Saturday, June 20, 2020

Wild West Sayings We Use Today, Part 12

The latest installment in the Wild West Sayings We Use Today blog series is all about trifling talk, fishermen, seizures, and a startled person. Several of the expressions below merge two words or phrases. Join me on a new journey through the history of words. 

This post is brought to you by Janalyn Voigt.

Wild West Sayings We Use Today, Part 12


We don’t use this term in conversation much anymore. Perhaps you have heard it in cartoons, like me, to criticize trifling talk or a person engaged in such nonsense. 

The origin of fiddle-faddle is unclear. It may be a reduplication (a word changed for emphasis by repetition of similar sounds). In this case, the original word was either faddle, an obsolete word that once meant ‘to trifle,’ or fiddle in the sense of fussing with something. Whether or not that is how the phrase evolved, the two words do combine well to create the term’s meaning. An earlier version, fiddle-cum-faddle, was a bit ponderous. An abbreviated form, fidfad, has a nice ring, don’t you think? 

Historical Reference: Fiddle-faddle first showed up as a noun in The Decades, a collection of sermons by Heinrich Bullinger (1504–1575). It also became an adjective a half-century later, although we hardly ever see that form today. The verb form followed in the 17th century.
Noun: I won’t listen to your fiddle-faddle another minute.
Adjective: Keep your fiddle-faddle opinions to yourself.
Verb: Stop fiddle-faddling.
Interjection: Fiddle faddle, Martha! Stop wasting my time.

Fish or Cut Bait

Fishing for the exact meaning of this phrase submerges us in murky waters. Some people use it to prompt another person to make a choice. Others might urge a coworker to focus on the present job or switch tasks. Still others use it as a spur to act or quit. 
Fish or cut bait originated in America from the mid-19th century fishing industry. Fishermen needed to decide which of them would fish, and who would cut the bait.

Historical Reference:
The earliest example I found is in the July 31, 1837 issue of the Oneida Observer (Albany, NY): “Politicians cannot shilli-shalli along now. They must either ‘fish, cut bait, or go ashore.’.” I wish we hadn’t lost the ‘go ashore’ part of this expression. It really helps us understand the meaning of ‘cut bait,’ the part where confusion enters. It’s clear from this early version that the options were to actively engage, support, or quit altogether.

Example: When it comes to proposing, are you going to fish or cut bait?

By Fits and Starts

You know that on-again, off-again craft project lurking at the back of your closet? Yep, that one. I apologize in advance for bringing it to mind, but it’s the best way to explain this phrase. Maybe you already knew the meaning, but if not, now you do. Anything sporadic happens by fits and starts.
'By fits and starts' evolved from two now-defunct British phrases that had similar meanings. ‘By fits’ (fitfully) originated around 1583, and ‘by starts’ (intermittently) goes back further to 1421.

‘Fit’ seems to have come from ‘fitt,’ an Old English word for a fight. During the 16th century, ‘fit’ defined an intense but short-lived attack of illness or another disorder. A century later, the word meant a seizure, a sense it retains today. The definitions of ‘fit’ that describe something the right size or that conforms to standards (fits in) probably derived from the same root word.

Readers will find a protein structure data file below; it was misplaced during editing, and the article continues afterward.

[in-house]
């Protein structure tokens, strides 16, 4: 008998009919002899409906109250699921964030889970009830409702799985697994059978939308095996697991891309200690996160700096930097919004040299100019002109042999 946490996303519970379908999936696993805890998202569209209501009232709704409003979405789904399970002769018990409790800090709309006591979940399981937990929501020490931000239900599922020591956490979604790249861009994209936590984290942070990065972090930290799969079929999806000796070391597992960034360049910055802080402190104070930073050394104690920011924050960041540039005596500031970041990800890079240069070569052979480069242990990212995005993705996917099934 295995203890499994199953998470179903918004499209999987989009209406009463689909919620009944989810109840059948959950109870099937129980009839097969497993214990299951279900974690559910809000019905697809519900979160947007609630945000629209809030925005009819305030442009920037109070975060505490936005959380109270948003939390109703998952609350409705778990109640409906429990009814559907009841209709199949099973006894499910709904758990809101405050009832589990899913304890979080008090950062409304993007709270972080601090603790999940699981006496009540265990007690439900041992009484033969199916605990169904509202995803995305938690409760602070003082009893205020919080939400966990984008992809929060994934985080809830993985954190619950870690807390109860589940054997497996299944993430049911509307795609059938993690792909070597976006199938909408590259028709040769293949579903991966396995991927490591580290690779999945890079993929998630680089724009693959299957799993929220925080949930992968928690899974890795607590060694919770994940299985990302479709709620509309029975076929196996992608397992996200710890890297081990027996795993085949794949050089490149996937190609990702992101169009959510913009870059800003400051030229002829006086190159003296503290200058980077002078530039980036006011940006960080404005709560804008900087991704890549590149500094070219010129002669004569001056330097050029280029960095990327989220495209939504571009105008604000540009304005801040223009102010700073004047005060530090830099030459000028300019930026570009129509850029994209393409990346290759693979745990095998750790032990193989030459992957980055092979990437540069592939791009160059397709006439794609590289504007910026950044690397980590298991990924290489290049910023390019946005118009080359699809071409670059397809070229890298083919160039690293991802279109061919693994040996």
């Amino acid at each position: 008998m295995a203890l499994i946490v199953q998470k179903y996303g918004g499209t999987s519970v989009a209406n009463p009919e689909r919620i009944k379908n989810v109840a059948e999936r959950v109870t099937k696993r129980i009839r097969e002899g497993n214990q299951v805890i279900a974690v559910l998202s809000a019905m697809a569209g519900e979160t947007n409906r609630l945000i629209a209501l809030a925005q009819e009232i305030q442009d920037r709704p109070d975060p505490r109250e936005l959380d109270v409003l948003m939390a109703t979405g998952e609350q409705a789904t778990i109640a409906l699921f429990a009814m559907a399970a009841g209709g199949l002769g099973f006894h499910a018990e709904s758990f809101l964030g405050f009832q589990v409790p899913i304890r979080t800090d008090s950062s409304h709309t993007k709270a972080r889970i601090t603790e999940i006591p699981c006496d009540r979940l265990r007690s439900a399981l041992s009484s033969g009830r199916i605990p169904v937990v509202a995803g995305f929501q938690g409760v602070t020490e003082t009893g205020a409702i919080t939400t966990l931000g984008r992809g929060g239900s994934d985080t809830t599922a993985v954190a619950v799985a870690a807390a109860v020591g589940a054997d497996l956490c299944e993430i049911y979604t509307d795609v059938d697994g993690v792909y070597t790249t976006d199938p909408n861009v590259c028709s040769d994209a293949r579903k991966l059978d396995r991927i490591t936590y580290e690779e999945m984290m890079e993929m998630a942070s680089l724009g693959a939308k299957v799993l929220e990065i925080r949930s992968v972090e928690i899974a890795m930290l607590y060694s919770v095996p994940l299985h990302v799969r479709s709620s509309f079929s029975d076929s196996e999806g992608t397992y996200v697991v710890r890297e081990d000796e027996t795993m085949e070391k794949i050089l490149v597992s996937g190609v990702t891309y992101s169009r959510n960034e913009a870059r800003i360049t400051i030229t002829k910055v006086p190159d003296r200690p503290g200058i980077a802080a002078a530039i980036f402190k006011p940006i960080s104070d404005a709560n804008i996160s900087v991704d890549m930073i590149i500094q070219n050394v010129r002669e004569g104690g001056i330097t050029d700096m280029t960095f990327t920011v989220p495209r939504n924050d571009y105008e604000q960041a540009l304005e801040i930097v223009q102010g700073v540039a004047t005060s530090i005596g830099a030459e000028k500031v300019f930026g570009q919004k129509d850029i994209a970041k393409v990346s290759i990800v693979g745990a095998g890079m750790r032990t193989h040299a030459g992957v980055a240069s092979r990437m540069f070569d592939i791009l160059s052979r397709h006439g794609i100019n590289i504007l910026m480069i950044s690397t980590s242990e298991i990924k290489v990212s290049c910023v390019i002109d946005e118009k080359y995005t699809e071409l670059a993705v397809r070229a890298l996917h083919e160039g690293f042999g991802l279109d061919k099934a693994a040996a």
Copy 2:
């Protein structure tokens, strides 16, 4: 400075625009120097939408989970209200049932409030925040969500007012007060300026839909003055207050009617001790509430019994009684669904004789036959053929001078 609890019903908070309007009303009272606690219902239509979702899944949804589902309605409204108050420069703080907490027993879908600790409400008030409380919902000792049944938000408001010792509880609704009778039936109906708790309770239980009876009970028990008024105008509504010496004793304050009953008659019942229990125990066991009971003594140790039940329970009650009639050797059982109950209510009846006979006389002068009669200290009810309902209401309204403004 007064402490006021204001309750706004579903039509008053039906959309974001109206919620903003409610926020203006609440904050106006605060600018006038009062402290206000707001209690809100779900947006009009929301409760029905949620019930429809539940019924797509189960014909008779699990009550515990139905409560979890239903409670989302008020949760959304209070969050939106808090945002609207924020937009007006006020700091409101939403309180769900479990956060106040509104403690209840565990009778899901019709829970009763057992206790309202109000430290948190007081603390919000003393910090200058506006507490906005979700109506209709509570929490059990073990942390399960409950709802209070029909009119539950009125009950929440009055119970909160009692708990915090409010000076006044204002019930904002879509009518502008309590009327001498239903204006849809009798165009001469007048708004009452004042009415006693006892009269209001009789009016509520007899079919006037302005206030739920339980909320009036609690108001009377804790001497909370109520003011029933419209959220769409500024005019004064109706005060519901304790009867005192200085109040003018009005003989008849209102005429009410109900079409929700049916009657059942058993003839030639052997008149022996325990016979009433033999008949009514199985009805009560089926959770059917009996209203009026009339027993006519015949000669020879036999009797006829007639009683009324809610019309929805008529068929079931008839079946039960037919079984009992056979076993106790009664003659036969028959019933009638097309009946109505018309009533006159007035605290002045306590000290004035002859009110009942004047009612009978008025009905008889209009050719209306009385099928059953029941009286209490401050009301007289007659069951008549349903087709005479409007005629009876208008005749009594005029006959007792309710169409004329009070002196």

‘Start” has several meanings in English also. The one that pertains to our topic made an entrance early in the 15th century. It specified ‘a sudden and transient effort or movement.’ Use of ‘start’ for a beginning, so prevalent now, didn’t ensue until 1566.

Historical Reference: According to the Oxford English Dictionary, ‘by fits’ first appeared in a 1583 translation of a sermon by John Calvin: “He doth not thinges by fittes as Creatures doe but he continueth alwayes in one will.”

The Oxford English Dictionary gives the first written evidence of ‘by starts’ in The Chronicles of England, Scotland, and Ireland (1587), in which the Scottish and Irish “performed by starts (as their manner is) the dutie of good subiects.”

The earliest use of ‘fits and starts, according to the Oxford English Dictionary, is within a sermon given in 1620 by Robert Sanderson, an English theologian.

Who knew a simple phrase could hold so much history? I bet you won’t look at that half-finished craft project stashed in your closet the same way now.

About Janalyn Voigt

Janalyn Voigt fell in love with literature at an early age when her father read chapters from classics as bedtime stories. When Janalyn grew older, she put herself to sleep with tales "written" in her head. Today Janalyn is a storyteller who writes in several genres. Romance, mystery, adventure, history, and whimsy appear in all her novels in proportions dictated by their genre. Janalyn is represented by Wordserve Literary.

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  1. I've loved this series. Thanks for sharing. I use the second and third phrases (and may have to start using the first!)

    1. Hi Linda. Sorry for the late reply, but you are welcome! I use the last two phrases myself and am considering adding the first. I'm in favor of the fidfad variation. :)

  2. I love this series too! And I have heard and used all of these in more or less the right way! Thanks, Janalyn!

  3. You're welcome, Connie! I'm so glad to know you are enjoying this blog series as much as I am writing it. Sorry for the late reply.

  4. Interesting article on words some I actually used as a kid. Thanks for sharing.